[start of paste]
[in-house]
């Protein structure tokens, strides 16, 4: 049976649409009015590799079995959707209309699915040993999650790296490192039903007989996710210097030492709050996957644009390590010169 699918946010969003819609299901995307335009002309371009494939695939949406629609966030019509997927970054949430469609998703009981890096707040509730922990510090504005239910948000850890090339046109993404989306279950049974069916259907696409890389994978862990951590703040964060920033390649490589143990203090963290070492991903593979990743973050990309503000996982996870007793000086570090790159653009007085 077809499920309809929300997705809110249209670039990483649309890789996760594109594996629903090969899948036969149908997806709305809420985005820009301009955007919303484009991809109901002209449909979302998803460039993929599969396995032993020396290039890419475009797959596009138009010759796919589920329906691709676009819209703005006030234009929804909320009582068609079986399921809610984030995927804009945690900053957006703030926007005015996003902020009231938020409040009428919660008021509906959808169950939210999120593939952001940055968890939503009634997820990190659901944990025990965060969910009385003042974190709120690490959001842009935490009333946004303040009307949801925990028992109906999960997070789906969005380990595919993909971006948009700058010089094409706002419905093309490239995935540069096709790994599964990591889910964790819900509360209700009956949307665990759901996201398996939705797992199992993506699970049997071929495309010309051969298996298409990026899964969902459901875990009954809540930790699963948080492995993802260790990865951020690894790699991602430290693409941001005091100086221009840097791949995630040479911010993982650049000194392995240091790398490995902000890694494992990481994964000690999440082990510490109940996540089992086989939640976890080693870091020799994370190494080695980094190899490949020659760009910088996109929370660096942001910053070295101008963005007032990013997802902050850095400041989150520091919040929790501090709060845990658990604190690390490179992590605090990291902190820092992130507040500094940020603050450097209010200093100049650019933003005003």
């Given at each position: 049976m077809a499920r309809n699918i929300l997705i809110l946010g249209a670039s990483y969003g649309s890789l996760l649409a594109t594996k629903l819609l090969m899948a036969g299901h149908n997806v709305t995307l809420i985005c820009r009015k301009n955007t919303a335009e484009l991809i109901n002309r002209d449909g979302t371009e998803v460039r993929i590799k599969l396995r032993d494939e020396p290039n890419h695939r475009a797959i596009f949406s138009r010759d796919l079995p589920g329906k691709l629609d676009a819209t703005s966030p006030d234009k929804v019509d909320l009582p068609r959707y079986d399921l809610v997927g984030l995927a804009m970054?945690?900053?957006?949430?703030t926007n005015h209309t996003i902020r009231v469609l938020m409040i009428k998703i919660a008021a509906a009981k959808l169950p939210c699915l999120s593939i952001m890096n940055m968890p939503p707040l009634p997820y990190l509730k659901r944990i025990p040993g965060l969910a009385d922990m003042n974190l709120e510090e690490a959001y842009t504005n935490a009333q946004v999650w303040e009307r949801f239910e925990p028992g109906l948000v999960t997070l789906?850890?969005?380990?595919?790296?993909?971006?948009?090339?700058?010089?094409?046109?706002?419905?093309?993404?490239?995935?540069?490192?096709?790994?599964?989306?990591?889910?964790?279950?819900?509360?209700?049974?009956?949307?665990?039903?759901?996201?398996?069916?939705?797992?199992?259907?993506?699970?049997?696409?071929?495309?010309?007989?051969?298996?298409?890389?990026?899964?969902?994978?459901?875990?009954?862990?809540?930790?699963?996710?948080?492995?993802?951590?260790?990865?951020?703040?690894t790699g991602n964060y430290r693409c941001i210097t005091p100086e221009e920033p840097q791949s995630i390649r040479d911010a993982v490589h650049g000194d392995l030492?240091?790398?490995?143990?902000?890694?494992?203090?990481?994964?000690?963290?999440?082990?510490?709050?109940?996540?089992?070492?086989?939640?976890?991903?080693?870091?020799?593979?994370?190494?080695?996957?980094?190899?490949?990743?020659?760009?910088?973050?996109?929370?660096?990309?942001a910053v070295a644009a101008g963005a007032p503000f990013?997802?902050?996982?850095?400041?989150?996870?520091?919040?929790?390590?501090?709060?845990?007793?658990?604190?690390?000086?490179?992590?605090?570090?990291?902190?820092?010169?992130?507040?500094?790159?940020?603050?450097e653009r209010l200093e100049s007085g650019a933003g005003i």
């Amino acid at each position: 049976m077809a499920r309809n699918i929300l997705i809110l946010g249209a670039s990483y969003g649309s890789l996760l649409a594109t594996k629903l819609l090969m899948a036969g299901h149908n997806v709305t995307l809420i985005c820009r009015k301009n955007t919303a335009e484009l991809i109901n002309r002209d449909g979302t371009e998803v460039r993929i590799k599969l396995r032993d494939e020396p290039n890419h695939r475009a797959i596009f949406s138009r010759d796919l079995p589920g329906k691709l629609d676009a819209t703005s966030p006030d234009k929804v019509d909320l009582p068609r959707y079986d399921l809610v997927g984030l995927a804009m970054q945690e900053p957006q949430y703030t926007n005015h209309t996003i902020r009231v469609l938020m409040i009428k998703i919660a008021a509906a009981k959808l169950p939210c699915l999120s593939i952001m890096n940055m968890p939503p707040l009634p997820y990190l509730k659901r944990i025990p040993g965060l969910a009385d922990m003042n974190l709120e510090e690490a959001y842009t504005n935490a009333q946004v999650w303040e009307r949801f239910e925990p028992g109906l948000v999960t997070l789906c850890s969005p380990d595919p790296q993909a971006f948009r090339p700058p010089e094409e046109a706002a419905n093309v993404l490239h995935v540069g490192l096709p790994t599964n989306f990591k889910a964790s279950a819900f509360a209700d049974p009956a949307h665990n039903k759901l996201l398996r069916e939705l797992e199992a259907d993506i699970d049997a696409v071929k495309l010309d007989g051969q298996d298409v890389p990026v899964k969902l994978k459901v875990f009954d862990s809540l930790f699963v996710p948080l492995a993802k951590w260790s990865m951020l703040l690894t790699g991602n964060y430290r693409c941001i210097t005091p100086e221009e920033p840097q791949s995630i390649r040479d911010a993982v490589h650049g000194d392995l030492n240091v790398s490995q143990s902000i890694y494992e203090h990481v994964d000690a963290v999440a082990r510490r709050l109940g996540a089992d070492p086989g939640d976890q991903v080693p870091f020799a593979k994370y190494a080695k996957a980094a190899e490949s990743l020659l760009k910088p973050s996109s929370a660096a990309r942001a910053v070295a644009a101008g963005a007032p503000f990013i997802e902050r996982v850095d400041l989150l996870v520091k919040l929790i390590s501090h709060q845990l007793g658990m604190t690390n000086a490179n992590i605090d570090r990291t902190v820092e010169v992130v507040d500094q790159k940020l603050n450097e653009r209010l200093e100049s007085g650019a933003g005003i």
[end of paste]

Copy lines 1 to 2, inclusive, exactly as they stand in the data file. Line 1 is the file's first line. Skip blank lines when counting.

[in-house]
């Protein structure tokens, strides 16, 4: 049976649409009015590799079995959707209309699915040993999650790296490192039903007989996710210097030492709050996957644009390590010169 699918946010969003819609299901995307335009002309371009494939695939949406629609966030019509997927970054949430469609998703009981890096707040509730922990510090504005239910948000850890090339046109993404989306279950049974069916259907696409890389994978862990951590703040964060920033390649490589143990203090963290070492991903593979990743973050990309503000996982996870007793000086570090790159653009007085 077809499920309809929300997705809110249209670039990483649309890789996760594109594996629903090969899948036969149908997806709305809420985005820009301009955007919303484009991809109901002209449909979302998803460039993929599969396995032993020396290039890419475009797959596009138009010759796919589920329906691709676009819209703005006030234009929804909320009582068609079986399921809610984030995927804009945690900053957006703030926007005015996003902020009231938020409040009428919660008021509906959808169950939210999120593939952001940055968890939503009634997820990190659901944990025990965060969910009385003042974190709120690490959001842009935490009333946004303040009307949801925990028992109906999960997070789906969005380990595919993909971006948009700058010089094409706002419905093309490239995935540069096709790994599964990591889910964790819900509360209700009956949307665990759901996201398996939705797992199992993506699970049997071929495309010309051969298996298409990026899964969902459901875990009954809540930790699963948080492995993802260790990865951020690894790699991602430290693409941001005091100086221009840097791949995630040479911010993982650049000194392995240091790398490995902000890694494992990481994964000690999440082990510490109940996540089992086989939640976890080693870091020799994370190494080695980094190899490949020659760009910088996109929370660096942001910053070295101008963005007032990013997802902050850095400041989150520091919040929790501090709060845990658990604190690390490179992590605090990291902190820092992130507040500094940020603050450097209010200093100049650019933003005003």